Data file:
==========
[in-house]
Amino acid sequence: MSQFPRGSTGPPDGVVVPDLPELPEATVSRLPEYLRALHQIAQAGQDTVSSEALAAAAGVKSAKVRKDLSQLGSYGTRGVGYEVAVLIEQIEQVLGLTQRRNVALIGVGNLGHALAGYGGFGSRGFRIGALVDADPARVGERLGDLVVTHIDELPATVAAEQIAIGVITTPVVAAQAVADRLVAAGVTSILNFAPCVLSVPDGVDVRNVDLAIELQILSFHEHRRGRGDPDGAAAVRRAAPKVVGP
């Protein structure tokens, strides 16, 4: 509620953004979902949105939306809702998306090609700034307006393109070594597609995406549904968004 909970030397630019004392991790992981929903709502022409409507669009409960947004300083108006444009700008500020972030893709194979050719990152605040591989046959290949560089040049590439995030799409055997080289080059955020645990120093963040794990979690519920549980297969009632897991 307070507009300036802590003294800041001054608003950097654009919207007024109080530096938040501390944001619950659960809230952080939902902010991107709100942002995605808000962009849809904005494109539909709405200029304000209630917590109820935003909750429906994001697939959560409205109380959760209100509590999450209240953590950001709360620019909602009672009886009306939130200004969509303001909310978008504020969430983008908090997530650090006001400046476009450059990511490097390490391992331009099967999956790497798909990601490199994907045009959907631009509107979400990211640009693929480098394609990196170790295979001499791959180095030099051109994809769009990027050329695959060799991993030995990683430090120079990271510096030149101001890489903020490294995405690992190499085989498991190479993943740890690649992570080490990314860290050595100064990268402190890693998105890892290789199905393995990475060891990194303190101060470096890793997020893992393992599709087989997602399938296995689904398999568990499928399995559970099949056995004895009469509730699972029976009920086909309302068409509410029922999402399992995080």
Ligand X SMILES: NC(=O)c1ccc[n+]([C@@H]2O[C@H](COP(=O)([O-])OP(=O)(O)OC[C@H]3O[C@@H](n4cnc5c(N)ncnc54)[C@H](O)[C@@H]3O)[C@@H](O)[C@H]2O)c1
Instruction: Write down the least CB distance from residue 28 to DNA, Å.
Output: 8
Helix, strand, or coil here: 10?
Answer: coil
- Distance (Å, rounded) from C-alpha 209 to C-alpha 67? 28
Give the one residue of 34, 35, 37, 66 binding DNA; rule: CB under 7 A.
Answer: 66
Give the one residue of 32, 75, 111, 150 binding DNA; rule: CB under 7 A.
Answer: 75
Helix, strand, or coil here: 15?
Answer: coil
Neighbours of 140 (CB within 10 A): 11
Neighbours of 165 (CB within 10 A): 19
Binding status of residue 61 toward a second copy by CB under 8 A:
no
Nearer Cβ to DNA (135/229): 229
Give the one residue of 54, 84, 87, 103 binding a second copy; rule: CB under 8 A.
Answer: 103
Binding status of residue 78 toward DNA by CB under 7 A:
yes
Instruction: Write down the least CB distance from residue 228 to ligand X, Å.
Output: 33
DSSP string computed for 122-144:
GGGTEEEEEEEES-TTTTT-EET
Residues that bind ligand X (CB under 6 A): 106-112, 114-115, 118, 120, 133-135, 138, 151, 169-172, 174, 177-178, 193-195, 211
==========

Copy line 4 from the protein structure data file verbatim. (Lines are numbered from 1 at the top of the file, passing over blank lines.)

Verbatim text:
Ligand X SMILES: NC(=O)c1ccc[n+]([C@@H]2O[C@H](COP(=O)([O-])OP(=O)(O)OC[C@H]3O[C@@H](n4cnc5c(N)ncnc54)[C@H](O)[C@@H]3O)[C@@H](O)[C@H]2O)c1